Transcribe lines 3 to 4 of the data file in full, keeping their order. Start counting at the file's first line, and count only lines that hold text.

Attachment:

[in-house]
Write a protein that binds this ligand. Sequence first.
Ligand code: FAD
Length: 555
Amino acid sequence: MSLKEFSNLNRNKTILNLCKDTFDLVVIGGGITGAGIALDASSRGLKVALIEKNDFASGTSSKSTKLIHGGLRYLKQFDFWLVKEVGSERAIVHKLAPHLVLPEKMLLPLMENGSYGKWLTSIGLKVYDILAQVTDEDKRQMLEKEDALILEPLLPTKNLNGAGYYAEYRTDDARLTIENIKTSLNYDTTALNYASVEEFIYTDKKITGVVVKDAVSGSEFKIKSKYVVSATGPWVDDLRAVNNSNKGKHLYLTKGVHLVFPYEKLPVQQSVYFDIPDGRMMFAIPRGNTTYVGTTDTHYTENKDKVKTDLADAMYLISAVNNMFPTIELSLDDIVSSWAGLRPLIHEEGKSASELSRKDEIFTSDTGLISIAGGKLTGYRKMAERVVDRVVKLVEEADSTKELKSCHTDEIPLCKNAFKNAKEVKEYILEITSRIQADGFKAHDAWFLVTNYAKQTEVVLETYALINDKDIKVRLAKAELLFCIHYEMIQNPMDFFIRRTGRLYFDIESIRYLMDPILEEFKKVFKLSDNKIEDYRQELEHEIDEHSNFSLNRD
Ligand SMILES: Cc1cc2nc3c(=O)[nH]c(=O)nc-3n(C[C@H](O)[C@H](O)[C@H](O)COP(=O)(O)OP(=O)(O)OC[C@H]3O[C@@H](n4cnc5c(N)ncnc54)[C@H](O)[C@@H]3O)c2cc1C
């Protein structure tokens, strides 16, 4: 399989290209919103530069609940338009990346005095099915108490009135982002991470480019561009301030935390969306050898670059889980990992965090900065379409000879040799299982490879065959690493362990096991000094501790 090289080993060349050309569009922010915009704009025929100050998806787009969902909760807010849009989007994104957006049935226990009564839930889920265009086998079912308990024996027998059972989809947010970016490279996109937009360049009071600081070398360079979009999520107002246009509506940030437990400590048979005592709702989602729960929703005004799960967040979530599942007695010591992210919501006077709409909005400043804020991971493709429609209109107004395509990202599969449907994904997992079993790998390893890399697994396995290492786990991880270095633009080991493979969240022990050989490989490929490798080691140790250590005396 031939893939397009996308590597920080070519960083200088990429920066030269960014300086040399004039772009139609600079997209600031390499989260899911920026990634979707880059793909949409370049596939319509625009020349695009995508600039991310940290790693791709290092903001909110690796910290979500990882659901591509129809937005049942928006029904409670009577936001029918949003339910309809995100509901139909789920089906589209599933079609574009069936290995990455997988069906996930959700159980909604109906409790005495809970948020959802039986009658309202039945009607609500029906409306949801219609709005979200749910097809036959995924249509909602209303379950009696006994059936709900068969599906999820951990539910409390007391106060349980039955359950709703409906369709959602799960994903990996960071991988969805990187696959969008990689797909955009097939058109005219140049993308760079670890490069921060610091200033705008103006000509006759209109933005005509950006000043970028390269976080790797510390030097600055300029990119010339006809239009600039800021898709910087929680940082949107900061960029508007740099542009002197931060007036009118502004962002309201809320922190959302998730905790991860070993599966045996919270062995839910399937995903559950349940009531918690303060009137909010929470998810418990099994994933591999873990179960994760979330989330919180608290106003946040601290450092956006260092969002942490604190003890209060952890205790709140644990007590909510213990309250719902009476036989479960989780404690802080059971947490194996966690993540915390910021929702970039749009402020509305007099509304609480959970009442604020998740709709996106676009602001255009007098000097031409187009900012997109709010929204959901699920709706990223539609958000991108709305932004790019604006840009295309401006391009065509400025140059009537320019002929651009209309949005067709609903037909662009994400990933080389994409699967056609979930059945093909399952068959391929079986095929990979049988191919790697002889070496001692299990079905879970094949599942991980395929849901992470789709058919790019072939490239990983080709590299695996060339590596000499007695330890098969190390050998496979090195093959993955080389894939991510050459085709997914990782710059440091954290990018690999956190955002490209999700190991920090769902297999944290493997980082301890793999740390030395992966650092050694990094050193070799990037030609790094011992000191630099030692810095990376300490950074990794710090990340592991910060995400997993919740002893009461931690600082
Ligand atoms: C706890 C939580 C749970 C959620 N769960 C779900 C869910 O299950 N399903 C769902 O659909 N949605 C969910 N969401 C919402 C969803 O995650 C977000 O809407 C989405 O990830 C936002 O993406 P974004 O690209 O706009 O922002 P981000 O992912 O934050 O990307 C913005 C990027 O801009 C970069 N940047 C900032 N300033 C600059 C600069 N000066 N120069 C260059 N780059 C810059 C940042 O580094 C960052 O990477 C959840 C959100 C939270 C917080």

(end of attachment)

Ligand code: FAD
Length: 555